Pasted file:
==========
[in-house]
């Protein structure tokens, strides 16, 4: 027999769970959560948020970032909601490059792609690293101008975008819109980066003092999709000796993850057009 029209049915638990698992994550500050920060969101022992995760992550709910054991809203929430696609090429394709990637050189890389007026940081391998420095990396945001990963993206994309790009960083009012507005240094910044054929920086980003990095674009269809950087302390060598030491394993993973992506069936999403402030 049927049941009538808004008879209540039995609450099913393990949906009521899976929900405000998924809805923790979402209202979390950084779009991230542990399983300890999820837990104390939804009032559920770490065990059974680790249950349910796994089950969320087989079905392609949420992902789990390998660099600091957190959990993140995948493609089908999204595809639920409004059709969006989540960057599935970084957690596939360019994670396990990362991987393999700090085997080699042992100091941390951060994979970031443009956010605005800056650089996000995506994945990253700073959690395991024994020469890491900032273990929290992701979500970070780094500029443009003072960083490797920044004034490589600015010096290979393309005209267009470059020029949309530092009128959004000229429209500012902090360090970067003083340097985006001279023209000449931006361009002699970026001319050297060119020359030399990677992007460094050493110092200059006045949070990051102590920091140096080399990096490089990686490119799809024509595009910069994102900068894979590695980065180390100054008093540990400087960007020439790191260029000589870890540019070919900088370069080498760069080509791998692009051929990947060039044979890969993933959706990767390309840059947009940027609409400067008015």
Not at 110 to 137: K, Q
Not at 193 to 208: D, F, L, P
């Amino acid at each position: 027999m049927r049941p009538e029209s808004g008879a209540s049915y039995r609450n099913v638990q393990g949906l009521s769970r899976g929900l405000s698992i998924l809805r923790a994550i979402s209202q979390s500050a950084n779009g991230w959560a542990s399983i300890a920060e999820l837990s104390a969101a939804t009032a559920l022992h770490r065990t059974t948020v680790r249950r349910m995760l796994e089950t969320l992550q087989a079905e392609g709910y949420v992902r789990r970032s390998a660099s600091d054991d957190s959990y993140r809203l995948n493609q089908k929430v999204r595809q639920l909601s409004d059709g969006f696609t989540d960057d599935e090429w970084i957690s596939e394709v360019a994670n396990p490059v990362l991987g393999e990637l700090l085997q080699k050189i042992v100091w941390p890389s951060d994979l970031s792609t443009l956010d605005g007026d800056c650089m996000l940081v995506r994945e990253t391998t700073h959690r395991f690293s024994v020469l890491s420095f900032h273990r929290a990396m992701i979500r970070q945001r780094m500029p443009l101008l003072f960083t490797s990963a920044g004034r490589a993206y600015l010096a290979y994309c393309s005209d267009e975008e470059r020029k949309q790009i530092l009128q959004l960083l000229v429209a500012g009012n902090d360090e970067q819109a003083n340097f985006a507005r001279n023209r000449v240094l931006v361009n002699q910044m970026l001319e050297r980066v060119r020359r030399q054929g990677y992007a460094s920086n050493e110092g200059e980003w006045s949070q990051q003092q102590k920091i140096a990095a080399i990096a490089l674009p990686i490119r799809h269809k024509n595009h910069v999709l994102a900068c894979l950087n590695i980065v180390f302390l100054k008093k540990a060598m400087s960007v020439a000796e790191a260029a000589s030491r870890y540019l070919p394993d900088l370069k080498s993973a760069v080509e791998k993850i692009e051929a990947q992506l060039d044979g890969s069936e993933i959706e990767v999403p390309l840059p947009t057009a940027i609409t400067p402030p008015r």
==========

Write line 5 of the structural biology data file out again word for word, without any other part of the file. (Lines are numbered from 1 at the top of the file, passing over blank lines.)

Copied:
């Amino acid at each position: 027999m049927r049941p009538e029209s808004g008879a209540s049915y039995r609450n099913v638990q393990g949906l009521s769970r899976g929900l405000s698992i998924l809805r923790a994550i979402s209202q979390s500050a950084n779009g991230w959560a542990s399983i300890a920060e999820l837990s104390a969101a939804t009032a559920l022992h770490r065990t059974t948020v680790r249950r349910m995760l796994e089950t969320l992550q087989a079905e392609g709910y949420v992902r789990r970032s390998a660099s600091d054991d957190s959990y993140r809203l995948n493609q089908k929430v999204r595809q639920l909601s409004d059709g969006f696609t989540d960057d599935e090429w970084i957690s596939e394709v360019a994670n396990p490059v990362l991987g393999e990637l700090l085997q080699k050189i042992v100091w941390p890389s951060d994979l970031s792609t443009l956010d605005g007026d800056c650089m996000l940081v995506r994945e990253t391998t700073h959690r395991f690293s024994v020469l890491s420095f900032h273990r929290a990396m992701i979500r970070q945001r780094m500029p443009l101008l003072f960083t490797s990963a920044g004034r490589a993206y600015l010096a290979y994309c393309s005209d267009e975008e470059r020029k949309q790009i530092l009128q959004l960083l000229v429209a500012g009012n902090d360090e970067q819109a003083n340097f985006a507005r001279n023209r000449v240094l931006v361009n002699q910044m970026l001319e050297r980066v060119r020359r030399q054929g990677y992007a460094s920086n050493e110092g200059e980003w006045s949070q990051q003092q102590k920091i140096a990095a080399i990096a490089l674009p990686i490119r799809h269809k024509n595009h910069v999709l994102a900068c894979l950087n590695i980065v180390f302390l100054k008093k540990a060598m400087s960007v020439a000796e790191a260029a000589s030491r870890y540019l070919p394993d900088l370069k080498s993973a760069v080509e791998k993850i692009e051929a990947q992506l060039d044979g890969s069936e993933i959706e990767v999403p390309l840059p947009t057009a940027i609409t400067p402030p008015r």